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  • Author or Editor: Emma Geddes x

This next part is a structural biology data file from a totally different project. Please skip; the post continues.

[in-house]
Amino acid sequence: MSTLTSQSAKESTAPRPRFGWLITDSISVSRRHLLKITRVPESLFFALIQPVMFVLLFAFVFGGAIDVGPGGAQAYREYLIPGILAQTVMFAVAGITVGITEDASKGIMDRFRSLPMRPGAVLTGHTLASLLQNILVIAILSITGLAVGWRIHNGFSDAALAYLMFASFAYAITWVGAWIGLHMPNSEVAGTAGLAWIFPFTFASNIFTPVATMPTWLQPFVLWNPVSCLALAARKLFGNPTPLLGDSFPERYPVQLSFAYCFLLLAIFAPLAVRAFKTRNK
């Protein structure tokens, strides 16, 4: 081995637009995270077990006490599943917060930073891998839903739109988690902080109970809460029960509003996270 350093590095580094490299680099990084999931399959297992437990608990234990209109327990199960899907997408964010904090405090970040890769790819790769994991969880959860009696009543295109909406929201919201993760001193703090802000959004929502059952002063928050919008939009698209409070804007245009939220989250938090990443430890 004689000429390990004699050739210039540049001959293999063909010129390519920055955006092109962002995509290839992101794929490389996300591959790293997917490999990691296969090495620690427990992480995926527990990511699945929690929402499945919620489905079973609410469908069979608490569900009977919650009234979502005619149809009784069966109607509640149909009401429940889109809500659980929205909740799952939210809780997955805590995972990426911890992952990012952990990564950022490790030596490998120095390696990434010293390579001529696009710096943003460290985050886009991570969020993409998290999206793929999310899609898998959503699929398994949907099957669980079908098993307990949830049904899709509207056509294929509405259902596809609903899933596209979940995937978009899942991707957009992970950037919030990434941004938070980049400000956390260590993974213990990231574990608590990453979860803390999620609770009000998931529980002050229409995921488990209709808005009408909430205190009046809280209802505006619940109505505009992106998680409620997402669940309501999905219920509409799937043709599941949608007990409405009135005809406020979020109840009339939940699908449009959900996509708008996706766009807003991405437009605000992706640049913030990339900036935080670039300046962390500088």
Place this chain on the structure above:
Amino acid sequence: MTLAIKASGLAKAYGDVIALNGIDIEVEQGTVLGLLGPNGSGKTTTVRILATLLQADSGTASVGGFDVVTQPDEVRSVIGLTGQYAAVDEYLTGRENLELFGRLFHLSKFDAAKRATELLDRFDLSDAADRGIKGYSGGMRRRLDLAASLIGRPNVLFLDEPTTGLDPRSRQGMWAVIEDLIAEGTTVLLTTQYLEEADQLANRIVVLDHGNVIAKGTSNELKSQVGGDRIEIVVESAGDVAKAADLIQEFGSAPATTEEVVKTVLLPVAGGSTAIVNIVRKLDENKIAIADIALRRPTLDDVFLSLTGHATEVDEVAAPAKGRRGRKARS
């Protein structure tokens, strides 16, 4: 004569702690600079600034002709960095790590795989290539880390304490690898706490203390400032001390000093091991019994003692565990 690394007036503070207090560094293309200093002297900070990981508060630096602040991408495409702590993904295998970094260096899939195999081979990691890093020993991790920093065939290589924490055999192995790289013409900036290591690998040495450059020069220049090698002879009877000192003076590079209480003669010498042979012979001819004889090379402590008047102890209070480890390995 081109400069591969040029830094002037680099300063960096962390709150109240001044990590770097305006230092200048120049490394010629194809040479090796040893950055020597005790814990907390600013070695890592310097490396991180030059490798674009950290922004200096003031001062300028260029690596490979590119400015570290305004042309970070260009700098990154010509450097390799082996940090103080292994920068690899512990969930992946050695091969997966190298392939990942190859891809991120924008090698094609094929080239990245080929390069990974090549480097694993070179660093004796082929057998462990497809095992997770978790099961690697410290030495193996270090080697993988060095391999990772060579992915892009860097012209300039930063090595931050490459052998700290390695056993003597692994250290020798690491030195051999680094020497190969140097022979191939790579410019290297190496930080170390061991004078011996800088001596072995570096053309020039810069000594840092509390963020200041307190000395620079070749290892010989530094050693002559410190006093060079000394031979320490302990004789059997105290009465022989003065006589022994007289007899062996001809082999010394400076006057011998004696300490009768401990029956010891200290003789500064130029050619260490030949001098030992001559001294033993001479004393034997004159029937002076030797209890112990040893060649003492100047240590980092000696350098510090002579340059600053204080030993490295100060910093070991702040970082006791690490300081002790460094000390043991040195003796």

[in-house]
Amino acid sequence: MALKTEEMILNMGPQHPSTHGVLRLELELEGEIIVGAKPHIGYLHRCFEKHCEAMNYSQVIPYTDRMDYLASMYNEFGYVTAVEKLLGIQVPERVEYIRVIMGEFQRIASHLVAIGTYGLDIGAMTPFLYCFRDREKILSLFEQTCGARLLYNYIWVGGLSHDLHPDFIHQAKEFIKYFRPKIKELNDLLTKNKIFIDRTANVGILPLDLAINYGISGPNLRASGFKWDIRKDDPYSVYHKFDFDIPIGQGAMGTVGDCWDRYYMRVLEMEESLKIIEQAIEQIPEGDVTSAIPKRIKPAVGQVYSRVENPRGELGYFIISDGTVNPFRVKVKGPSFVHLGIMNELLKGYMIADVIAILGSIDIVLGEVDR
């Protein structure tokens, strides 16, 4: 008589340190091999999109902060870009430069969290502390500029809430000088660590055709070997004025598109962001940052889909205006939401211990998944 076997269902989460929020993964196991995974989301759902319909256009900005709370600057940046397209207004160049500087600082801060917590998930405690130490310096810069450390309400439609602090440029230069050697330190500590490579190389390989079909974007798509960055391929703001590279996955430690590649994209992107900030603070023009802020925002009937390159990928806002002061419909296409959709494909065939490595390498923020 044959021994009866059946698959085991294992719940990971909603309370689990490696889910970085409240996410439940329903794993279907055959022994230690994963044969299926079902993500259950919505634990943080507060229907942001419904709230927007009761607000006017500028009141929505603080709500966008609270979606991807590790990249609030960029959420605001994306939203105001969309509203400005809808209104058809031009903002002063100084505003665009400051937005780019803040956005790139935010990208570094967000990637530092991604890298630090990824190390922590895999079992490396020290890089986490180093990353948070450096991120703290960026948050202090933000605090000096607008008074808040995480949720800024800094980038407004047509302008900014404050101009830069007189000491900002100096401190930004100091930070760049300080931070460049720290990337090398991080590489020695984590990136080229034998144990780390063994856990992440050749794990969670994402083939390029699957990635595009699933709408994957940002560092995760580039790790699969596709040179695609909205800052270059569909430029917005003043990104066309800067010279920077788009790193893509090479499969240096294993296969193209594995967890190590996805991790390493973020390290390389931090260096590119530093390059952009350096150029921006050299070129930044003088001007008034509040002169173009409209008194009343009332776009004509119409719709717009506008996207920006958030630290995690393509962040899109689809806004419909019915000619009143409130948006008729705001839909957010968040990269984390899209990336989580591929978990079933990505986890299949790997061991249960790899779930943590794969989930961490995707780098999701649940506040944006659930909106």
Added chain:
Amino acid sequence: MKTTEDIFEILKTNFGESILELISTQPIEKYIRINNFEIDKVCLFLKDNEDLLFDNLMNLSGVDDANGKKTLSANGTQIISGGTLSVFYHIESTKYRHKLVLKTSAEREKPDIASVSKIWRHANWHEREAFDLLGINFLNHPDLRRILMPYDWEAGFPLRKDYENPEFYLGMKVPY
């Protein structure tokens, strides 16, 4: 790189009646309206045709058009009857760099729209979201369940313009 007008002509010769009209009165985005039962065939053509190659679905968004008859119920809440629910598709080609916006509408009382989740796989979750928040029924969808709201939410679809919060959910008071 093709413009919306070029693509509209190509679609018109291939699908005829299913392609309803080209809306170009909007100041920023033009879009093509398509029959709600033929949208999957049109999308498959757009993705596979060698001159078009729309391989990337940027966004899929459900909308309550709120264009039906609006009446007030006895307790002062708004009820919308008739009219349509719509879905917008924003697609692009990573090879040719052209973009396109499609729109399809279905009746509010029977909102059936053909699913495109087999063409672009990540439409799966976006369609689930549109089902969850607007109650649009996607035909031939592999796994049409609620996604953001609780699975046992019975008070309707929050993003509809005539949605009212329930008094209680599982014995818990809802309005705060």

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Over the last decade, at a time when funding for services intended to support families has been dramatically curtailed, successive governments in England and Wales have sought to increase the numbers of children being adopted from care. In light of the central role that children’s social workers play in progressing plans for adoption, this research seeks to investigate 15 practitioners’ experiences of operating within the current context. Evidence of significant tensions in social workers’ accounts of planning for adoption and post-adoption contact under austerity is presented, and Evetts’ distinction between organisational and occupational professionalism is drawn upon to understand the influence of the wider political context on decisions made by practitioners in working with children who go on to be adopted.

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